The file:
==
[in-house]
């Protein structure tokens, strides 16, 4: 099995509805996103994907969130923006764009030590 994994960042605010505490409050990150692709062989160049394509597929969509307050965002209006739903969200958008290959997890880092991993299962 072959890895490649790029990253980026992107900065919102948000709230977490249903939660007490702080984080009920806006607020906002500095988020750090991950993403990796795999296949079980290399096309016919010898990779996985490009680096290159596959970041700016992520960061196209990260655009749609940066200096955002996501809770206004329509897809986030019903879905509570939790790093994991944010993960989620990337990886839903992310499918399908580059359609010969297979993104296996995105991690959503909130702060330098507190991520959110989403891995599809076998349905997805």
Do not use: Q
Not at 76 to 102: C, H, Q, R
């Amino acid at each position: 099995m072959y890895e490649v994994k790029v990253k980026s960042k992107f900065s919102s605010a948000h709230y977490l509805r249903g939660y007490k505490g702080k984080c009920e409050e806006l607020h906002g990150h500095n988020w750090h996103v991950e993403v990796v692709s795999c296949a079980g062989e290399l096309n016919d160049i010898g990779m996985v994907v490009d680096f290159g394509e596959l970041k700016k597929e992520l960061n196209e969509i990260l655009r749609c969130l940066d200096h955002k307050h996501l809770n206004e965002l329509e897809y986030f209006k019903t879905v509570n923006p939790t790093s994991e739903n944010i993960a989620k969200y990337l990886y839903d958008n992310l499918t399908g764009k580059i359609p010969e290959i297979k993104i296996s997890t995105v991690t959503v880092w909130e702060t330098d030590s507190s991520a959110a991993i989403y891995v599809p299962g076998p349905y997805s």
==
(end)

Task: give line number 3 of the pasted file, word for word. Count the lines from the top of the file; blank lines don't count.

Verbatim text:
Do not use: Q